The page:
I’ve been meaning to get around to sorting out the plethora of App.config in a large, multi project C# solution, but it wasn’t anywhere near the top of the pile of problems that needed solving. I just keep hacking values into the *.exe.config file after the build to make things work.

In a spare (and rare) 20 minutes, while drinking a coffee, I thought I’d have a quick look and discovered a really simple solution. For some reason this technique had completely passed me by. Imagine you’ve got a C# solution made up of 3 projects which build into 3 separate executables, each requiring a common config file. If you have simply added a config file to each project and try to keep them in sync you quickly end up in config hell. So rather that add a new config file to each project, simply create one in one of the projects and then link it in the others.

Here’s how, in our imaginary 3 project solution


  • Right click on Project1 and select Add->New Item->Application Configuration File and it will create a the file App.config in Project1.
  • Right click on Project2 and select Add->Existing Item and browse to Project1’s App.config file, but don’t hit the Add button. Select the Add button drop down and select Add as link.
  • Repeat for Project3

So now when you open any of the projects App.config files you will be using the same file. More importantly, when you build the solution, each projects bin/Debug (Release) directory will have it’s own, but identical copy of the config file (Project*.exe.config) leaving you the freedom to deploy the executables with their own or a common config file. Essentially, building the solution duplicates the config files from a single master version.

Itch successfully scratched.

Ever had this problem trying to remote desktop (RDP) to a Windows Server 2003? I got very frustrated by this today. All the Administrator group sessions had been used up, the selfish remoters had gone home and left themselves logged in, so I wasn’t able to admin the server. Arrrrggg!

Yes, all I needed to do was to be able to get to the Terminal Services Manager and forcably terminate their sessions, but I couldn’t get in – the keys were effectively locked in the safe. The server I was trying to admin had a limit of 2 admin RDP sessions – the default limit for Server 2003 I think.

It turns out there is a simple answer to get around this (aren’t they all simple when you know them). The number of sessions on the server is calculated on the RDP client admin sessions, but console connections aren’t included. So the work around is;

Run a cmd session on your client machine and start a console based terminal service to the machine you want to connect to.

mstsc /v:xxx.xxx.xxx.xxx /f -console

where xxx.xxx.xxx.xxx is the IP or resolvable server name

You can then use Control Panel->Administrative Tools->Terminal Services Manager to disconnect the selfish remoters and connect with the RDP client as normal.

Don’t forget to logoff yourself when you’ve finished though.

Yesterday I was mainly deploying a new release of php code to a Linux server.  Not that it’s a problem, but I normally develop php web application on IIS running on Windows Server just because I know where all the knobs and switches are.  VS.PHP from jcx.software is a great add-in for Visual Studio and with the Zend server side debugger it makes an awesome development environment. Sure I could use Eclipse PDT in a similar way for free, but ‘m more productive using Visual Studio; rightly or wrongly, the keyboard shortcuts are now part of my DNA.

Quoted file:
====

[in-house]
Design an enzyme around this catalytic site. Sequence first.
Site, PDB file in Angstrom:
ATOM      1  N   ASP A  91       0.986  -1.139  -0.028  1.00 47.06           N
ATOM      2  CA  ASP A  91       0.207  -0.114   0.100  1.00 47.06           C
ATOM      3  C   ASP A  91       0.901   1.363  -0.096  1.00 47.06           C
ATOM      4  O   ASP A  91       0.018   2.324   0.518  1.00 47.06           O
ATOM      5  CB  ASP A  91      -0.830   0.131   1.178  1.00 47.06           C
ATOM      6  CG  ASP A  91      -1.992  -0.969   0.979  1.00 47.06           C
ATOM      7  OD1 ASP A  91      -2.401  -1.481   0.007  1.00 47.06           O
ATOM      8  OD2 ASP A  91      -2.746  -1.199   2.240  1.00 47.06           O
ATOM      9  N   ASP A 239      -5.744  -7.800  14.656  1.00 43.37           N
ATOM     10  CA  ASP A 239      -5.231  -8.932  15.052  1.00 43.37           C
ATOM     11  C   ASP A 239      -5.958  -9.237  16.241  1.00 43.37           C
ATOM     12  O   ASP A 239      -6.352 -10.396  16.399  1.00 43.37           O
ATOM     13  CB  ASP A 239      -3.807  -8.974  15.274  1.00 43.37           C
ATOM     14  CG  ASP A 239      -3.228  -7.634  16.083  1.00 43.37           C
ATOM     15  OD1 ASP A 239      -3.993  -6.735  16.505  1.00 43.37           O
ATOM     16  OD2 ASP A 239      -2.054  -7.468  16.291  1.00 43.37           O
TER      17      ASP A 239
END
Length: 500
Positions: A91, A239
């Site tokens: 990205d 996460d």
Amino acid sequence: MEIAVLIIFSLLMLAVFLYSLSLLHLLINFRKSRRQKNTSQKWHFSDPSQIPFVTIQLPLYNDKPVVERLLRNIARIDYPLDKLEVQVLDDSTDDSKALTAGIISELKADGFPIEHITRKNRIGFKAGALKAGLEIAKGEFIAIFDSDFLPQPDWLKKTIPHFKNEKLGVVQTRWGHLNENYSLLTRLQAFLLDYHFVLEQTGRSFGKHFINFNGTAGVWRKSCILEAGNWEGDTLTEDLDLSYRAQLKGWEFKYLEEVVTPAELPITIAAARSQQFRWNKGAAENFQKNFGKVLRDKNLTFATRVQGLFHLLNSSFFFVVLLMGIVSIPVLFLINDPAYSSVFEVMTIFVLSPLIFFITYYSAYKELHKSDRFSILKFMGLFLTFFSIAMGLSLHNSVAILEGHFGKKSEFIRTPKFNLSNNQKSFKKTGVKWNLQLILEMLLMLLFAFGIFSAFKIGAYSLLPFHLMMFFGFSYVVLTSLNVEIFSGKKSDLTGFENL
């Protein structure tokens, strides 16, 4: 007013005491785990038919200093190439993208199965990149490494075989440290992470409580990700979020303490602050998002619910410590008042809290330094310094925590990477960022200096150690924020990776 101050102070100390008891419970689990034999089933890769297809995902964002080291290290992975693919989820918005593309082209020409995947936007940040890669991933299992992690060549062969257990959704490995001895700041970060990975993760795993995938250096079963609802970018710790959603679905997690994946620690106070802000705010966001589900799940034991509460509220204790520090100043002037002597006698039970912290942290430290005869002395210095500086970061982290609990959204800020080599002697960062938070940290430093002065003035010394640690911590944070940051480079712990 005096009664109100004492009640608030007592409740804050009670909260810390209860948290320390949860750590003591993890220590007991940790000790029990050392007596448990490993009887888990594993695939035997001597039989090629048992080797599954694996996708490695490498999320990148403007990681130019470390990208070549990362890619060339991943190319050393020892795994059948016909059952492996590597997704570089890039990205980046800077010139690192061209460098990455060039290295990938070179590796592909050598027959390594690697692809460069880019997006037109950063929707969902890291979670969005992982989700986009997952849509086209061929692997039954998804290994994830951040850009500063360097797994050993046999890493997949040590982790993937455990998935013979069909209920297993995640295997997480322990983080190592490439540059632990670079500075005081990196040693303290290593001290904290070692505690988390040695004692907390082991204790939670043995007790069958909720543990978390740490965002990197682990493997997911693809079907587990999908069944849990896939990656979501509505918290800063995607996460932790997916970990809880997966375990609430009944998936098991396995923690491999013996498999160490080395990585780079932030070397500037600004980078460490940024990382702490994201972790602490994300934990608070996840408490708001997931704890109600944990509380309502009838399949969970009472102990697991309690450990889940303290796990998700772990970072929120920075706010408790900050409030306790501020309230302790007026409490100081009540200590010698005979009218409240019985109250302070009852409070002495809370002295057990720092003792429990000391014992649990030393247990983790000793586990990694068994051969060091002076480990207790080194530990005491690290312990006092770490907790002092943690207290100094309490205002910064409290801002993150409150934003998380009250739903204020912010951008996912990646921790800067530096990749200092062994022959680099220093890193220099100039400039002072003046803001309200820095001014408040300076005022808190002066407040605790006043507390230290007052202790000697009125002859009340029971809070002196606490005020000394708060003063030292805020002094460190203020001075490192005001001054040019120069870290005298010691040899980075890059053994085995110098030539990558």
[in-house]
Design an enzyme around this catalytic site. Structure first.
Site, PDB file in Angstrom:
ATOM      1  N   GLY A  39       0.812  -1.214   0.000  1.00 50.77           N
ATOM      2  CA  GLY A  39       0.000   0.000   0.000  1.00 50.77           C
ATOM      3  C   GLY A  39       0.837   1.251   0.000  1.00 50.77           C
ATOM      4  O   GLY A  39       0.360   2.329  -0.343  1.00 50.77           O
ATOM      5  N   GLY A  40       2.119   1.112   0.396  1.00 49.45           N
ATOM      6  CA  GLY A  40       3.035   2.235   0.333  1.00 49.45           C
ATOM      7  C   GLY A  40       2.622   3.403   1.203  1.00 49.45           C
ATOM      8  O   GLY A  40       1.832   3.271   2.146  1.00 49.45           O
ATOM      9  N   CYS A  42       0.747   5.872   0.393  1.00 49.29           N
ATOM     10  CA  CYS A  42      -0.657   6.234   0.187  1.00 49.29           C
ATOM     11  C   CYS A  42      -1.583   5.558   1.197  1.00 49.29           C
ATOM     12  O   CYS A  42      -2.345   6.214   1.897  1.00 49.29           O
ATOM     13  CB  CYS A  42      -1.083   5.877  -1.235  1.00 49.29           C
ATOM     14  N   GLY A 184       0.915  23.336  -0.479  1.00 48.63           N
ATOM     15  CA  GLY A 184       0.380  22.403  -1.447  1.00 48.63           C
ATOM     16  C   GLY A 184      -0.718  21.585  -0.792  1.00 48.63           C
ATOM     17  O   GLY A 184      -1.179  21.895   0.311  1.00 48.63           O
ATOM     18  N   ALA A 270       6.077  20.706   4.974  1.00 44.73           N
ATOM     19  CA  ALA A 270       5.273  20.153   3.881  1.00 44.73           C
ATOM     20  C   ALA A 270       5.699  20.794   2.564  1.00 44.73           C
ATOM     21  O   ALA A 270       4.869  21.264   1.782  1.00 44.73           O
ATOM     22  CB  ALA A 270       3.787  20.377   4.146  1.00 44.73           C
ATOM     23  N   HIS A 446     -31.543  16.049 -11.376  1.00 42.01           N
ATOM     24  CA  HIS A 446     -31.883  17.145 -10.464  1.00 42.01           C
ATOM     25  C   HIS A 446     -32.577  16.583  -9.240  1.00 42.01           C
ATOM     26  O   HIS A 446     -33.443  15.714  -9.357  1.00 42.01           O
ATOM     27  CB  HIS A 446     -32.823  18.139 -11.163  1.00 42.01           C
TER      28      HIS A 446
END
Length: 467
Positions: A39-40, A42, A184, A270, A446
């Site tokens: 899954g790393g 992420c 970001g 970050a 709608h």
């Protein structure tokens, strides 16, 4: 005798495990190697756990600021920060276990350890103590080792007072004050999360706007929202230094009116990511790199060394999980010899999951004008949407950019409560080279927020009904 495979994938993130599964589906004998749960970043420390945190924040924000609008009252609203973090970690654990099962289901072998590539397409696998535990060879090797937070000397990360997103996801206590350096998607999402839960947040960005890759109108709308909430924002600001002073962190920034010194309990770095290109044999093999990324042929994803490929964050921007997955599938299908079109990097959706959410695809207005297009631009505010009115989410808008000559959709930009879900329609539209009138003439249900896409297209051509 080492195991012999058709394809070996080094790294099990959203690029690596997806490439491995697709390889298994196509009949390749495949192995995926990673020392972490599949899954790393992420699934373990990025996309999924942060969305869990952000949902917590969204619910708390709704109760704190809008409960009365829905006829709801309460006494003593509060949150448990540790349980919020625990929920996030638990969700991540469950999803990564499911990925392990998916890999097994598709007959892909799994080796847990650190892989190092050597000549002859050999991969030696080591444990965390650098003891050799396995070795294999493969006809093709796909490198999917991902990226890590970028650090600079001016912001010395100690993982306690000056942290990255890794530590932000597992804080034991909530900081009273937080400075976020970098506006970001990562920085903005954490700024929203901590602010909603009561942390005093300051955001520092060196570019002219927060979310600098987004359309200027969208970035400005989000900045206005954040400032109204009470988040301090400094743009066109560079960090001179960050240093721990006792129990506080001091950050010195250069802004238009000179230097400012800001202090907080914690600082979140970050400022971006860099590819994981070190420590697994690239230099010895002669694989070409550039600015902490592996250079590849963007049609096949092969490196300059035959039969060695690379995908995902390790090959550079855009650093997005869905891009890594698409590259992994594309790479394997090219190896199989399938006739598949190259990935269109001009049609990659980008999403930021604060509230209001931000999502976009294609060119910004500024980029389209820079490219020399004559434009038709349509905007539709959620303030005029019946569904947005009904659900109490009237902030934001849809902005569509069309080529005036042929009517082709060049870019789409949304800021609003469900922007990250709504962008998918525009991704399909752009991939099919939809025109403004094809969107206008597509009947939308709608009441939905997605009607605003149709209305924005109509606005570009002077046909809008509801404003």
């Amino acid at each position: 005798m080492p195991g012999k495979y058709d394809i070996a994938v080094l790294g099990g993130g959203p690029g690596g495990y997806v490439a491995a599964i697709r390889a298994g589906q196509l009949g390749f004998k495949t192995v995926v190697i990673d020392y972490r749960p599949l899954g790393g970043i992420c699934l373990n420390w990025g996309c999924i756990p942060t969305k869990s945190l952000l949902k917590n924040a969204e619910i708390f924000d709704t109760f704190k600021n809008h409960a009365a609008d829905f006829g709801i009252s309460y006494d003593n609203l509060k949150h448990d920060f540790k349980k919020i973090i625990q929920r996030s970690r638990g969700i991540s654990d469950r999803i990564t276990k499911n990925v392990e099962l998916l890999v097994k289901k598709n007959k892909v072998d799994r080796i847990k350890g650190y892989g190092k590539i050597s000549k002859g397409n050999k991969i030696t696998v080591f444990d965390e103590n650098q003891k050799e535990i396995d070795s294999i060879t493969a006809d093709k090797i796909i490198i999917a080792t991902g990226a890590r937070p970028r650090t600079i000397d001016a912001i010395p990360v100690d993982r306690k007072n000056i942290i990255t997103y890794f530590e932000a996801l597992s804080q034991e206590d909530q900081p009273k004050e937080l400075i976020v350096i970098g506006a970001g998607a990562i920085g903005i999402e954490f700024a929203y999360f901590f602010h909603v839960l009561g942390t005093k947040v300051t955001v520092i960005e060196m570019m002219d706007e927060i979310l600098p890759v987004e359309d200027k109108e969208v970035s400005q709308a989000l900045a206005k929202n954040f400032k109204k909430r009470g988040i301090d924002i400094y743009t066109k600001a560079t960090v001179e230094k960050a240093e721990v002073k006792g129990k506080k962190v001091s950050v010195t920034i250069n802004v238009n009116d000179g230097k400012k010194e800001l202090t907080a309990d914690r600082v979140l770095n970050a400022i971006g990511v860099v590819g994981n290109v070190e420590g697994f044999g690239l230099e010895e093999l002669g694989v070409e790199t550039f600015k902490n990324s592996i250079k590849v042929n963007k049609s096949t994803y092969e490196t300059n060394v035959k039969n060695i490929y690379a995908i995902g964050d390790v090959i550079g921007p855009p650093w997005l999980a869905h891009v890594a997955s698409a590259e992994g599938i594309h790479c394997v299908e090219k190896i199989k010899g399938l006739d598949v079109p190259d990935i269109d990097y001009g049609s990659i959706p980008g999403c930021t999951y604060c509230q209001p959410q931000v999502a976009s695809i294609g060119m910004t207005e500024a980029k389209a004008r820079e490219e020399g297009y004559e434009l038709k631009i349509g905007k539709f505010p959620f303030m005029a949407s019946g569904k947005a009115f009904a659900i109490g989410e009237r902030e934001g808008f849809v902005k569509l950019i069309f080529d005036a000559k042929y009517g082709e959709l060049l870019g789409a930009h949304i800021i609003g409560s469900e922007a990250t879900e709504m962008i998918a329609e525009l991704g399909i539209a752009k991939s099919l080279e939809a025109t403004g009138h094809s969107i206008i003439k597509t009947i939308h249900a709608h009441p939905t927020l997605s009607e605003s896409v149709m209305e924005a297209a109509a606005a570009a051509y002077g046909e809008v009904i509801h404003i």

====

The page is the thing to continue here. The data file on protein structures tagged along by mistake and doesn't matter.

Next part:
I never quite feel comforable using Linux and I’m not sure why. Clearly it’s an excellent OS and I have  several embedded boxes which have been running Linux that I’ve never had to reboot. My WRT54G and NSLU2 always perform flawlessly. However, while on my journey home last night I realised what the problem might be. Linux makes my fingers hurt with all the typing I have to do!

Anyway, tip of the day for me was this little gem. I needed to copy the (massive) previous releases directory into my deployment working area and was happily using

cp -r blah blah

Then I started worrying about whether the permissions were being copied. (Ok so I’m happy to admit my perpetual virgin status when it comes to Linux). It was then pointed out to me buried in the directory structure were a raft of symbolic links and using cp would do a deep copy and fill up my server disc space pretty quickly. “Use tar to copy from the current directory to the new one like this”, they said.

tar cBf -.|(cd new_directory && tar xvBf -)

It worked a treat, I feel less like a Linux virgin, but my fingers still hurt.

There loads of these all over the place, but here’s some useful preg_replace examples for text and html processing that were hard to find or I ended up writing  – use/praise/embellish/flame as you see fit.

Remove repeated words (case insensitive)

$text = preg_replace("/\s(\w+\s)\1/i", "$1", $text);

‘Keep your your head’ becomes ‘Keep your head’

 Remove repeated punctuation

$text = preg_replace("/\.+/i", ".", $text); 

 ‘Keep your head…’ becomes ‘Keep your head.’ Don’t forget to escape regex characters.

Clean up a sentence end that has no trailing space

$text = preg_replace("/\.(?! )/i", ". ", $text);

‘Keep your head.Don’t fall apart’ becomes ‘Keep your head. Don’t fall apart’  This uses lookahead.

Remove carriage returns, line feeds and tabs

$text = str_replace(array("\r\n", "\r", "\n", "\t"), '', $text);

An oldy but goody.

Get all image urls from an html document

$images = array();
preg_match_all('/(img|src)\=(\"|\')[^\"\'\>]+/i', $data, $media);
foreach($data as $url)
	$info = pathinfo($url);
	if (isset($info['extension']))
		if (($info['extension'] == 'jpg') || 
		($info['extension'] == 'jpeg') || 
		($info['extension'] == 'gif') || 
		($info['extension'] == 'png'))
		array_push($images, $url);
Puts all the image URLs in an array